Within the narrative framework of the 21st century morality play that the Enron criminal trial has become, Skilling’s role is unmistakable. His arrogance and greed border on caricature. All he needs is a cape and a curled mustache to turn him into a cartoon of a bad guy. Stories about how big a jerk have collected around him since Enron’s collapse. Legend has it that in response to a Harvard Business School entrance interview question whether Skillling was smart, he supposedly responded, "I’m fucking smart."(here) During an April 2001 recorded analyst conference call, one of the analysts questioned Enron’s accounting practices, commenting that Enron was the only company that released its earning statement without a balance sheet, to which Skilling replied, "Well, thank you very much, we appreciate that …asshole." (here)
In response to his criminal prosecution, Skilling has been unwaveringly defiant and remorseless. He disregarded his lawyer’s advice to refuse to answer questions based on his Fifth Amendment privilege against self-incrimination, but instead answered every question posed to him by Congressional investigators. He even submitted to a lengthy SEC interview.
Skilling has managed to make things even worse for himself by getting arrested twice, once before the trial (here) and once after the trial (here), in alcohol related incidents involving disorderly conduct and public drunkenness.
Skilling’s character and conduct have virtually assured him an unfavorable sentencing profile. But as bad all of that is, circumstances that should have nothing to do with his sentencing have put him in an even worse position.
First, Ken Lay’s July 2006 death has left Skilling as the last man standing. Enron employees, furious that Lay cheated the hangman, and even angrier that Lay’s conviction was abated, are demanding that Skilling be punished for Lay’s crimes as well as his own. According to former federal prosector Robert Mintz (here), "In theory, the death of Ken Lay should have no impact on the sentence that Mr. Skilling receives. But it's hard to ignore the reality that Jeff Skilling is now standing alone as the figurehead who orchestrated Enron's demise. There will certainly be pressure to make an example of Jeff Skilling and send a message with his sentence.''
Second, Andrew Fastow’s conspicuously lenient sentence left former Enron employees enraged. (here). The perception that Fastow pulled a fast one on the Court (which apparently has left the government considering the possibility of appealing Fastow’s conviction, here) has united public opinion in the view that Skilling at least must be made to pay, and perhaps make up for the fact that Fastow got off light.
Adding to all of this is the prosecutorial feelings of vindictiveness against Skilling for his steadfast refusal to acknowledge guilt or show any remorse. Skilling seems to have done everything he can to antagonize the government, even referring to them in a post-trial interview (here) as "the Gestapo."
So if the over/under on the length of Skilling’s sentence is twenty years, the smart money is betting on the over option.
There is no doubt that Skilling must receive a lengthly prison term. He was found guilty on 19 of the 28 counts against him, including one count of conspiracy, one count of insider trading (although he was acquitted on nine other insider trading counts), five counts of making false statements to auditors, and twelve counts of securities fraud. Each conviction carries a maximum sentence of 5 to 10 years in prison. His conviction of these crimes required that he serve a substantial period of incarceration.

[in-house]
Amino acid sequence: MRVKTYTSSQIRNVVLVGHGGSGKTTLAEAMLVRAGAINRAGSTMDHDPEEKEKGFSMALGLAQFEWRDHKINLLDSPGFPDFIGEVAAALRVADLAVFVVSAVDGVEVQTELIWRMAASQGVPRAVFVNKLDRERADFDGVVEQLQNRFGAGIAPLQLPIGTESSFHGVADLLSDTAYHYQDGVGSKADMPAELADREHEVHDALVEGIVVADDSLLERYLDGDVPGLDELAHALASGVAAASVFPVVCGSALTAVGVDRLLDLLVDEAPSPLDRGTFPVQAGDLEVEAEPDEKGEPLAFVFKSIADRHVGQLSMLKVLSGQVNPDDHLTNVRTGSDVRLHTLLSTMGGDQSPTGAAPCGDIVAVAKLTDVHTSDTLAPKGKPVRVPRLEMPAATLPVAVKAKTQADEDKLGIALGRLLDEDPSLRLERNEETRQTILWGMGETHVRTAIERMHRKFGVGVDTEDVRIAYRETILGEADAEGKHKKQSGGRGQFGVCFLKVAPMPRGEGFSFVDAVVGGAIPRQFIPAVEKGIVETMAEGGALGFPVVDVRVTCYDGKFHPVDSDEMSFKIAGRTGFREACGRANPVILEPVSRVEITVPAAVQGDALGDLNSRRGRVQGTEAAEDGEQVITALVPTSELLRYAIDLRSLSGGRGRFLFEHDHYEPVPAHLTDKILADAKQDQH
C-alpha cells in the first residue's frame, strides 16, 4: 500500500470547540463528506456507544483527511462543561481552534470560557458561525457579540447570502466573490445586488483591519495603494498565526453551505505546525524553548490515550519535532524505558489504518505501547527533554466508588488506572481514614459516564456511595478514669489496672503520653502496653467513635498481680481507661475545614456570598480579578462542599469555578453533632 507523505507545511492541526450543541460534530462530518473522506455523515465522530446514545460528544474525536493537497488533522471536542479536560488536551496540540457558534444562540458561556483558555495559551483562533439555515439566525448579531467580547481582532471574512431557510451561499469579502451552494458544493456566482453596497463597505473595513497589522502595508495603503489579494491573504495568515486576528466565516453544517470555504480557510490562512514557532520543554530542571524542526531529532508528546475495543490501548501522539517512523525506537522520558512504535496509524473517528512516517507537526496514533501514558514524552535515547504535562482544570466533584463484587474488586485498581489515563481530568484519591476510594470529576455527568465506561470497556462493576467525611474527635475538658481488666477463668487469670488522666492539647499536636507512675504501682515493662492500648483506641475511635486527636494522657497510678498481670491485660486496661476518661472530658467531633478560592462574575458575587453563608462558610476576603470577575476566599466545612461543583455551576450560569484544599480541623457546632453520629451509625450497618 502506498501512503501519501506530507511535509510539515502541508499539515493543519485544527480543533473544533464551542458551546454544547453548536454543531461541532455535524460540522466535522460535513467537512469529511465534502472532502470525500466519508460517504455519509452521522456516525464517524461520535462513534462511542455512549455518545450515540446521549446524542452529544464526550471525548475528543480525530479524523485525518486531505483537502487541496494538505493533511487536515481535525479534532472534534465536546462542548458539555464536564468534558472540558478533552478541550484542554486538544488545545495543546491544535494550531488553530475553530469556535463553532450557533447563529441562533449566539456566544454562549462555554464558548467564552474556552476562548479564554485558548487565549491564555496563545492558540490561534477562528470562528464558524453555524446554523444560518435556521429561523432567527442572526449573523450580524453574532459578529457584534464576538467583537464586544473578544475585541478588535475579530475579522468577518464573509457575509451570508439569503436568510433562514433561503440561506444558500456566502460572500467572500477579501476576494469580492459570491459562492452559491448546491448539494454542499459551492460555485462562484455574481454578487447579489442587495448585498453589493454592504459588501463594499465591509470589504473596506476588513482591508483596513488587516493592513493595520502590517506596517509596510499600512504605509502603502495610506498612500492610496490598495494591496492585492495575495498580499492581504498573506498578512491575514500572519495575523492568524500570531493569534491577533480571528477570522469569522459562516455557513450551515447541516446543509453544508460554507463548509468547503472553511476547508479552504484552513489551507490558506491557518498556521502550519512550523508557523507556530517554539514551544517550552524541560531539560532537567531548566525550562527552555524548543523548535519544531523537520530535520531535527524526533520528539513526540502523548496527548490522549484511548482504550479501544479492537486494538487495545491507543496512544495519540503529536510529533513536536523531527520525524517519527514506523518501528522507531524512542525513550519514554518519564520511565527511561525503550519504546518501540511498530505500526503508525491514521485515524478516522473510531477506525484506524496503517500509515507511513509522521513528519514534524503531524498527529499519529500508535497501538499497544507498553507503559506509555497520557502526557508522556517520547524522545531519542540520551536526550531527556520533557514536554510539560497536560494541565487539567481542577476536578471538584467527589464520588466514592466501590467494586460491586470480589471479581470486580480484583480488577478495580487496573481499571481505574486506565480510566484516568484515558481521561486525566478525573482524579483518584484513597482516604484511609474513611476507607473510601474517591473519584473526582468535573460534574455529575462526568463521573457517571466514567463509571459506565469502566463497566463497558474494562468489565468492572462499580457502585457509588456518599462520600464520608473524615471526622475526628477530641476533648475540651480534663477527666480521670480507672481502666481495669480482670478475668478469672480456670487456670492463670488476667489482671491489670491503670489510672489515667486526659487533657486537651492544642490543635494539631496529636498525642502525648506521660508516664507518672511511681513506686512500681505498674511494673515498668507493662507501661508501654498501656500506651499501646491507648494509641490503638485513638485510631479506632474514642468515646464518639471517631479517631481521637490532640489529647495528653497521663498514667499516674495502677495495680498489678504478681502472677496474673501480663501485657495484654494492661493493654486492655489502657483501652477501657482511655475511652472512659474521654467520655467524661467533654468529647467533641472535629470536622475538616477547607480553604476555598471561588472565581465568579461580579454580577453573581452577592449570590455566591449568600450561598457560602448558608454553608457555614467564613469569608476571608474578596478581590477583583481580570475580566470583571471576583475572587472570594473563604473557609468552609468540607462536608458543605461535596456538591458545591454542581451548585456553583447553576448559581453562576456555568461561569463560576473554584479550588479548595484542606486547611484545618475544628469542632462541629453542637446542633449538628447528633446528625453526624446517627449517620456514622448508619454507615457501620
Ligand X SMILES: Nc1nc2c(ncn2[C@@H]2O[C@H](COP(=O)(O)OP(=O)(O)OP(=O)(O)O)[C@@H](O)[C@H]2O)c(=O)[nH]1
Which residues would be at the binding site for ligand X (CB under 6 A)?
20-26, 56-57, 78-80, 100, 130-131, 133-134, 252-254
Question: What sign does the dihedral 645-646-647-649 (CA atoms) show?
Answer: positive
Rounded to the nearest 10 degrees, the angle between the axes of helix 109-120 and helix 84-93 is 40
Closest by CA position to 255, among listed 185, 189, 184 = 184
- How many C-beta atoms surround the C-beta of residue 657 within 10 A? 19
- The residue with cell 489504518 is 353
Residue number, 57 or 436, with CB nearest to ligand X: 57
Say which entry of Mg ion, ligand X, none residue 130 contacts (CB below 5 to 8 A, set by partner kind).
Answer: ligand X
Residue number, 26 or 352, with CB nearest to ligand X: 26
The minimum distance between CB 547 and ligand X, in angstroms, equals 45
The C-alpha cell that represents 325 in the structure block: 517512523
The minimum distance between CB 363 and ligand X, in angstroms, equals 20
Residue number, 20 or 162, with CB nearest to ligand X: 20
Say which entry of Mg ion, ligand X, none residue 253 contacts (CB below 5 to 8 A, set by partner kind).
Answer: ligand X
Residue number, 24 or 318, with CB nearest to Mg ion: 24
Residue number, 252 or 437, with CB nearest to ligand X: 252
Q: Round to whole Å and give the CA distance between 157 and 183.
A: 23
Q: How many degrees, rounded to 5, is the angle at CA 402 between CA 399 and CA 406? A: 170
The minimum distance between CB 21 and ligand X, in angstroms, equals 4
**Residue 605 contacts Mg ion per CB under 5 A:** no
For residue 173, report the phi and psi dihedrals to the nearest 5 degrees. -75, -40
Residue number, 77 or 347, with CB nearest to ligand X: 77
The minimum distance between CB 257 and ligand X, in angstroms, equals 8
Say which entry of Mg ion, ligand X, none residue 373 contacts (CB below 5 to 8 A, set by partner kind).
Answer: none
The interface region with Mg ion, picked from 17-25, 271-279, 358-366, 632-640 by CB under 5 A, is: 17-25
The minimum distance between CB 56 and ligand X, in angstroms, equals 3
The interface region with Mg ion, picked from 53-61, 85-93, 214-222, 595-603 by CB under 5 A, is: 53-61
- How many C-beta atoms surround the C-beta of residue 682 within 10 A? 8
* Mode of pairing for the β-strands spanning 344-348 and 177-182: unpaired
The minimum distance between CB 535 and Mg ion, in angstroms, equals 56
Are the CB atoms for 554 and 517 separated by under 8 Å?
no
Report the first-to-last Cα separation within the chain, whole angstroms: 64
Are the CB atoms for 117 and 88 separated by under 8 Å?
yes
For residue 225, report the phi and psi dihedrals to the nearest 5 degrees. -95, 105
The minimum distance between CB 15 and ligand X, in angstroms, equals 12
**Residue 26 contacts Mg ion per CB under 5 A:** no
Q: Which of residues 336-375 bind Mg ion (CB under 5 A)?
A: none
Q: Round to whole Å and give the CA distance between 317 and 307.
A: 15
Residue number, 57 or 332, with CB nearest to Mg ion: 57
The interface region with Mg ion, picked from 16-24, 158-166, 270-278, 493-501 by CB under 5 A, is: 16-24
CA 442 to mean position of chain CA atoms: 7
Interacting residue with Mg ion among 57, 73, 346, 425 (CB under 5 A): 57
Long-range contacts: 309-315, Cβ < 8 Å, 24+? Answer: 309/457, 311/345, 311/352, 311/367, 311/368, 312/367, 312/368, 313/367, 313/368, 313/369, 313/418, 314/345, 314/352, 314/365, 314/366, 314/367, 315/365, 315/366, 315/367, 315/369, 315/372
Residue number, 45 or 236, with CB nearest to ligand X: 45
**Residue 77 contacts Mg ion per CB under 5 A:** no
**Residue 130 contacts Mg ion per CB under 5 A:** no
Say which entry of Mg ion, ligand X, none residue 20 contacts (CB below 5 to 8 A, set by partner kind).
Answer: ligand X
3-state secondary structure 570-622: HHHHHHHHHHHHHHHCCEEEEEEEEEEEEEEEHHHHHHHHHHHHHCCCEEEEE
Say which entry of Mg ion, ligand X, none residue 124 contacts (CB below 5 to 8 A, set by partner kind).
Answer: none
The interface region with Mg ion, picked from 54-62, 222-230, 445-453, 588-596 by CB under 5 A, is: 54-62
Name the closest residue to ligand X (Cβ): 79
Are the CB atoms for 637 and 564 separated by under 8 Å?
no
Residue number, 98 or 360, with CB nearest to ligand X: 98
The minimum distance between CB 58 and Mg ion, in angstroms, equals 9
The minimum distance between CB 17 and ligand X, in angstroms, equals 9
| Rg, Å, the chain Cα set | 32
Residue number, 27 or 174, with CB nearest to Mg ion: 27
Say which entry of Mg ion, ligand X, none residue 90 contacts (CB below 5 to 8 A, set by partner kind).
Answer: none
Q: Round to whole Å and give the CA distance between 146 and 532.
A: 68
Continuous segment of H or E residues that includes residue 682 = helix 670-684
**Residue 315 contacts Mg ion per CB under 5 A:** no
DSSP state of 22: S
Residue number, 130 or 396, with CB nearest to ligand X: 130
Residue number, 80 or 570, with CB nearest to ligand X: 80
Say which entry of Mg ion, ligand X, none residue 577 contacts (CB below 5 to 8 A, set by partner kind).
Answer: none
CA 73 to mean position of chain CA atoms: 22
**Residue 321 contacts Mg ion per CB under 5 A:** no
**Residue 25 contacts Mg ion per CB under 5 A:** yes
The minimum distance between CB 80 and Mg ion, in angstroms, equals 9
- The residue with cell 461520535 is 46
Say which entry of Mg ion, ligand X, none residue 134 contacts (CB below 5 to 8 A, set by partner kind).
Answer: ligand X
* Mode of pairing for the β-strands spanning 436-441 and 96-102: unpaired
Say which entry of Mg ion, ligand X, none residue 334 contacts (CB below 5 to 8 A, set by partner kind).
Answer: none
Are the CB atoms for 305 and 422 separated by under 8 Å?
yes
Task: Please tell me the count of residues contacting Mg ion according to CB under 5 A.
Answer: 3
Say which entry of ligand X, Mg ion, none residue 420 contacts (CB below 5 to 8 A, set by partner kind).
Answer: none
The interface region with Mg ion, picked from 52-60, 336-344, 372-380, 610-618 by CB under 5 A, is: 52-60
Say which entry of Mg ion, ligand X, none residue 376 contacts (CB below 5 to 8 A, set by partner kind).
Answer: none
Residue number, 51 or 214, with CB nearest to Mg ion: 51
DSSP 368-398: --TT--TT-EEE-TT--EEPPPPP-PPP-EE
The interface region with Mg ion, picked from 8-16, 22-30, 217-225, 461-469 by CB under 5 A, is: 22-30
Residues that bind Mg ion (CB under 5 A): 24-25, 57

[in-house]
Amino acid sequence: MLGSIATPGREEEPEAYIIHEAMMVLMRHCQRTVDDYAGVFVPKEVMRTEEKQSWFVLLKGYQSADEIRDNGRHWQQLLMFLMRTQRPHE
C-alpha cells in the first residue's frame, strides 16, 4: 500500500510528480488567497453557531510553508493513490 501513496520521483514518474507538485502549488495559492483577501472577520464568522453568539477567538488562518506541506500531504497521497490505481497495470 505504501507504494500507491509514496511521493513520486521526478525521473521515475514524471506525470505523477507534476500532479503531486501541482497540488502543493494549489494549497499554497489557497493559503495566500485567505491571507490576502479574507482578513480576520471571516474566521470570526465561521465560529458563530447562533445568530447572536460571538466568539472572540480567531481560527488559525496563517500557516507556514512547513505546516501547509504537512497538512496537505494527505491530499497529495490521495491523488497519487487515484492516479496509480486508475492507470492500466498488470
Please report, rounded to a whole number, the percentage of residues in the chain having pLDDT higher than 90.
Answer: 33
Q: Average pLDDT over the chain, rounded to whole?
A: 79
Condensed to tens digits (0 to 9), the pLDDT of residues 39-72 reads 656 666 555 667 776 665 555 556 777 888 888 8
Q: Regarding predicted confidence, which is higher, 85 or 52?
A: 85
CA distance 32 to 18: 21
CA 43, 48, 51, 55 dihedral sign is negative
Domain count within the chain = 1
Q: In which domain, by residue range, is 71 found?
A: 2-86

But while Skilling’s crimes demand a substantial punishment, he should not be punished for any of the swarm of other factors surrounding his sentencing. His well-deserved reputation for arrogance and greed should not affect the length of his sentence. (If arrogance or greed were punishable offenses, most of Wall Street would be behind bars.) His insistence on exercising his constitutional rights to a presumption of innocence and to a jury trial should not increase the length of his sentence. His guilt is no greater because it was determined by a jury verdict rather than by his own admission in the form of a guilty plea.
Nor should his sentence be affected by what happened after the trial to Lay and Fastow.
When Skilling stands in the dock to receive Judge Lake’s sentence, he will stand alone. He should be punished for his crimes, but only for those for which he himself has been found guilty. He should not bear a heavier punishment because others evaded their just penalty.
Skilling will go to jail for a very long time no matter what happens. But the time he serves should reflect only the crimes for which he was convicted -- and nothing more.
Update: On October 23, 2006, Judge Lake sentenced Skilling to 24 years and four months in prison. Judge Lake estimated the shareholder loss that Skilling had caused at $80 million, which under the applicable federal sentencing guideline indicated a sentence in the range of 24.3 years to 30.4 years, so Skilling's sentence was at the low end of the indicated range. An October 23, 2006 New York Times article describing the sentencing can be found here. Interesting commentary in the White Collar Crime Prof blog about the Skilling sentence can be found here.